Phallic sculptor strikes again, but city strikes back

There won't be any more shrubs trimmed into phallic symbols in a small plot near the Odette Sculpture Gardens.

Word 'penis' spelled out in garland, city plows under bushes previously shaped into phallic symbols

Penis Garland

10 years ago
Duration 1:12
John MIceli, manager of Windsor's parks, talks about how vandals used garland to spell 'penis' in the Windsor Sculpture Garden.

There won't be any more shrubs trimmed into phallic symbols in a small plot of land near the Windsor Sculpture Garden.

John Miceli, Windsor's director of parks and facilities, said the city was made aware of the latest prank on Thursday.

"Someone placed the letters 'penis' at that site," said Miceli.

Miceli believes the vandal used garland to make the letters. The city reacted immediately, removing the offending letters, and pulling out nearby shrubs.

And now the garden has no shrubs. (CBC\Tom Addison)

In October, in two separate incidents, shrubs in the garden plot were turned into phallic shapes by unknown people.

Both times the city moved quickly to re-shape the shrubs, even though they were attracting a lot of attention.

Jimmy Kimmel Live!, a late night talk show, featured the bushes twice.

"It's always a shame when governments repress artistic expression," Kimmel said on his ABC late night show after the second penis bush was discovered and re-shaped.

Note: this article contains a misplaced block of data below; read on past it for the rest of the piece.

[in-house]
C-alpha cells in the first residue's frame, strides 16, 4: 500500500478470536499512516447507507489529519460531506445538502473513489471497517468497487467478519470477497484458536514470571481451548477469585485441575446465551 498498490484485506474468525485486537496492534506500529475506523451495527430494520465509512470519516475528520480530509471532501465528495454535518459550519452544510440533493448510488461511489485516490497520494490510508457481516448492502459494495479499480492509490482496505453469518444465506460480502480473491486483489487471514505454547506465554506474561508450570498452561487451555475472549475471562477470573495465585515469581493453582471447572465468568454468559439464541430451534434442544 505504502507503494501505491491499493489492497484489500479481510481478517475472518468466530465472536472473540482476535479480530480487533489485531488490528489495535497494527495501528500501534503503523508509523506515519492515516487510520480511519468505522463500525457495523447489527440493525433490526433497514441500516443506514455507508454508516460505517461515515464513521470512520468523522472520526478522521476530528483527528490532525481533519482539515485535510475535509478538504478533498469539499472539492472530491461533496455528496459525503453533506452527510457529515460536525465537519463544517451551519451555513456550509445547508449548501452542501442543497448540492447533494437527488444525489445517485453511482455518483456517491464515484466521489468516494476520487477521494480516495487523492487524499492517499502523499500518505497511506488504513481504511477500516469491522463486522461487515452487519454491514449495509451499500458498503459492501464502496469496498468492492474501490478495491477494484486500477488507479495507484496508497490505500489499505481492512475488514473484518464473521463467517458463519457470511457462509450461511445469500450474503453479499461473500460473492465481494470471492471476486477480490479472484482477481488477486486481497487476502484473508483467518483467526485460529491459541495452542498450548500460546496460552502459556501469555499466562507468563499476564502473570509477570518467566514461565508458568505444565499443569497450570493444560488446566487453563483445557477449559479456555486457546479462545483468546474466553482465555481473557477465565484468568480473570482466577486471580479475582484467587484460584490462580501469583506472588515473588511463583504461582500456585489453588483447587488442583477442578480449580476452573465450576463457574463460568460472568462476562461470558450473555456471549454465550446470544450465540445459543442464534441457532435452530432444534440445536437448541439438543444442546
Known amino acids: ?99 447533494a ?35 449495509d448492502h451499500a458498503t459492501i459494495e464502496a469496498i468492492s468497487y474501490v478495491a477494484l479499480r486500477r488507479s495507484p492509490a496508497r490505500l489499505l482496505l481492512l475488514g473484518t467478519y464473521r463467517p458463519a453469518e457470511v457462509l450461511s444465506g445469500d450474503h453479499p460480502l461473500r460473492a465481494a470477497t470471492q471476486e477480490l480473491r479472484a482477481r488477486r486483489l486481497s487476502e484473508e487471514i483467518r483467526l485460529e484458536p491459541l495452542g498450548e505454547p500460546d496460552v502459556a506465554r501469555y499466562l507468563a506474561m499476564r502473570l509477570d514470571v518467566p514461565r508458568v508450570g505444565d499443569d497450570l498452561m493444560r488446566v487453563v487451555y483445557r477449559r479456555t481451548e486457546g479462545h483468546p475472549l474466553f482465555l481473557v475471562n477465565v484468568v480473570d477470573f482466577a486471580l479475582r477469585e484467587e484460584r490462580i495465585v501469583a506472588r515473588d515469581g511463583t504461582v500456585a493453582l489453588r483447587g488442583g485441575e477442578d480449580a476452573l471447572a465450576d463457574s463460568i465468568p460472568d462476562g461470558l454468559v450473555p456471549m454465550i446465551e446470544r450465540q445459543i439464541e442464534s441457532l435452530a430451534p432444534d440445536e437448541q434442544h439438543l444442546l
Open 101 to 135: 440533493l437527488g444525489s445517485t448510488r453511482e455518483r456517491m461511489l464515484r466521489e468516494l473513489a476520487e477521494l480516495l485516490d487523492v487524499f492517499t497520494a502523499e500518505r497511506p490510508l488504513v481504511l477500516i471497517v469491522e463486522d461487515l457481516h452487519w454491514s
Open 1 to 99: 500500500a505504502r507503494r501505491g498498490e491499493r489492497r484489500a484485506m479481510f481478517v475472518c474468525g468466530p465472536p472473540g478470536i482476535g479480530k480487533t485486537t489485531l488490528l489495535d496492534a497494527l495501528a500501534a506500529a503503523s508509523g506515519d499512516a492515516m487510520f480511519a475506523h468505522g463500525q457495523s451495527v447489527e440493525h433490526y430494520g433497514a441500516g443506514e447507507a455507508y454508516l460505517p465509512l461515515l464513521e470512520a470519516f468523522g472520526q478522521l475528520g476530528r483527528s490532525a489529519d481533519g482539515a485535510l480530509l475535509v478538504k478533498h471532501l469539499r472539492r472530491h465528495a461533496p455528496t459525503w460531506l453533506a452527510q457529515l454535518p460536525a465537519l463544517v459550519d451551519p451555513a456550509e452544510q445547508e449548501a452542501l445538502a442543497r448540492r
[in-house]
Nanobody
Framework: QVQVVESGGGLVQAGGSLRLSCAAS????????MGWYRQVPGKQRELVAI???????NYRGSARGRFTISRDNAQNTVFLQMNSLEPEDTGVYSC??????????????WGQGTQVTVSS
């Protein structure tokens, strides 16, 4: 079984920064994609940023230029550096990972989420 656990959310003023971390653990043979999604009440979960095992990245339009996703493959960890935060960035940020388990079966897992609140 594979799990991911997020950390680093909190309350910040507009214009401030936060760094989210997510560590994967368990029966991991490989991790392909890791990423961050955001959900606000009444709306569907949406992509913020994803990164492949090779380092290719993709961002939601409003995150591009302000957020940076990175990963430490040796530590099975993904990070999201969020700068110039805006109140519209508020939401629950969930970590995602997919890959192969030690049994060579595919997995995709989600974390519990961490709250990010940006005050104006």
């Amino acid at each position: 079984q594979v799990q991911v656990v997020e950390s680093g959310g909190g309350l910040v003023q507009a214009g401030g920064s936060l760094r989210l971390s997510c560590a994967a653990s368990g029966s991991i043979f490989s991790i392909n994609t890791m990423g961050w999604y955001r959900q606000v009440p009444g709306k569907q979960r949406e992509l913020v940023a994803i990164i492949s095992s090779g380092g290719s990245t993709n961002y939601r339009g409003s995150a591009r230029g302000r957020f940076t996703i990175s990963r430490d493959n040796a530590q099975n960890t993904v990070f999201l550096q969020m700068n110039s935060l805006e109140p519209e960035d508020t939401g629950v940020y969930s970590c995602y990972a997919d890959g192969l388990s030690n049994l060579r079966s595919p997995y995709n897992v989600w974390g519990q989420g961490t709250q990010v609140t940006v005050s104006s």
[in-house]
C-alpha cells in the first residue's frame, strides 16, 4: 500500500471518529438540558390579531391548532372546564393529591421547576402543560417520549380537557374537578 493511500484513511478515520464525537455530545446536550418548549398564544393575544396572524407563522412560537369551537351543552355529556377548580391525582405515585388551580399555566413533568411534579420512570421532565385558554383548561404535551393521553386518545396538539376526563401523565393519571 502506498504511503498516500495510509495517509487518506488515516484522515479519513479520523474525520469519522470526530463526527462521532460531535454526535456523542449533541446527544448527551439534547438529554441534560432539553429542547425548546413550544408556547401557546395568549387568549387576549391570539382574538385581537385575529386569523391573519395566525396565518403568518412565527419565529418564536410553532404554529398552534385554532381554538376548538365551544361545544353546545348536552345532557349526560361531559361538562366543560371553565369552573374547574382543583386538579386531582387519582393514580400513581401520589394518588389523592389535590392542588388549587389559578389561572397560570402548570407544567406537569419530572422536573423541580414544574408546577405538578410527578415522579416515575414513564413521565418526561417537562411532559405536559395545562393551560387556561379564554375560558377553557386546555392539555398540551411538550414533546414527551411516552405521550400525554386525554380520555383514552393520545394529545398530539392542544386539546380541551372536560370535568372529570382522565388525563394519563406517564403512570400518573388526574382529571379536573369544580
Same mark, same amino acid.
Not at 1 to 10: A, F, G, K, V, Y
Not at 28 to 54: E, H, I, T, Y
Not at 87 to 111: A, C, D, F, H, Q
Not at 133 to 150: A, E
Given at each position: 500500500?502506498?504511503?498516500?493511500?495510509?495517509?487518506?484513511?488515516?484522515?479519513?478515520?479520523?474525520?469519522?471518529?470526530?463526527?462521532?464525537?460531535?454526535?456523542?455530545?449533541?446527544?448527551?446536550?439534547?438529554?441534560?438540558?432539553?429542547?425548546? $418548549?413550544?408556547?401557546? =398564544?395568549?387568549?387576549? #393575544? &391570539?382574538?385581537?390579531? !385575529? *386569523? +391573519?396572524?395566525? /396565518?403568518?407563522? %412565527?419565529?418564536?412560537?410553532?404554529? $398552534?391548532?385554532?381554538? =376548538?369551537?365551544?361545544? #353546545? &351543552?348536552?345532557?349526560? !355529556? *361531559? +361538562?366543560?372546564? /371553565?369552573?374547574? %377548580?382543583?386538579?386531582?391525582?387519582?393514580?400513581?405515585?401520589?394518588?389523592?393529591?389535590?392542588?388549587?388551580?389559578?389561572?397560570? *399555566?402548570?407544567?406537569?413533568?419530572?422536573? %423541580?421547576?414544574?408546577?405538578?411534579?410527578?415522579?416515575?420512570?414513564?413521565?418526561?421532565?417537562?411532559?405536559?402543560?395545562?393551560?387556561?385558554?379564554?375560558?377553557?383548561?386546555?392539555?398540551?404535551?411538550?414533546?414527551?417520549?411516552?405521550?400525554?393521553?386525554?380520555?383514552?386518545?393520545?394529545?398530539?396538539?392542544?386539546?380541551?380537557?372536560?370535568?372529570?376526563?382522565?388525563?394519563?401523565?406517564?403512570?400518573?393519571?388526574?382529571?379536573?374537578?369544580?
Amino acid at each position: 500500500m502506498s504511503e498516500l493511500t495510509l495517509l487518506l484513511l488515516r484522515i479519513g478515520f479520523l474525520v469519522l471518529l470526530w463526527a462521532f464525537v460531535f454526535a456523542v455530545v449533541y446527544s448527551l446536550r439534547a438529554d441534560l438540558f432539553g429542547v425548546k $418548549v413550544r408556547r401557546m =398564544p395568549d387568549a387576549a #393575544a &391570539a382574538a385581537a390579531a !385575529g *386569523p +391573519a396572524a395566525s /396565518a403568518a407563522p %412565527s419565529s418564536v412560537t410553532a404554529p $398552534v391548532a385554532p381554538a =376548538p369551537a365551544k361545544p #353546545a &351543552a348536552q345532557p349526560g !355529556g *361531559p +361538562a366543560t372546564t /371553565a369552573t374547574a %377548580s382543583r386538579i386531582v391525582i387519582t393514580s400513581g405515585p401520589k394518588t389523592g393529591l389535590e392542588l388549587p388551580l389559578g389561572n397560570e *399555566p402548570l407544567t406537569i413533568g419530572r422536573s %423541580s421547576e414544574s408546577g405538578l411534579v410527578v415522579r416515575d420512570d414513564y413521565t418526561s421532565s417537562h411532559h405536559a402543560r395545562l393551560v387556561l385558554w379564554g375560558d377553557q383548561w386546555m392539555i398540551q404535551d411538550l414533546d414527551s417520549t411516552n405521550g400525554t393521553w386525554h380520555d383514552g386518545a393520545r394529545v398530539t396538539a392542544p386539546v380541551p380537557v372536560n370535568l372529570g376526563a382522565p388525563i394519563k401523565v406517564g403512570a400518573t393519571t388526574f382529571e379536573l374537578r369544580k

At the time, Miceli found some humour in the situation.

"The sculpture garden is getting all kinds of attention, and the bushes in the sculpture garden are getting all kinds of attention," he said in late October. "It's a good thing. Hopefully people will visit our sculpture garden more often and take a look for yourself."

However, writing the word 'penis' onto the garden took the joke too far.

"It's language we really don't want to see on the riverfront," he said. "Unfortunately some people are taking it to a whole other level.  We just want to deter people from doing that kind of stuff."

City of Windsor staff moved quickly to reshape this bush once CBC News brought it to their attention in October. (Greg Layson/CBC News)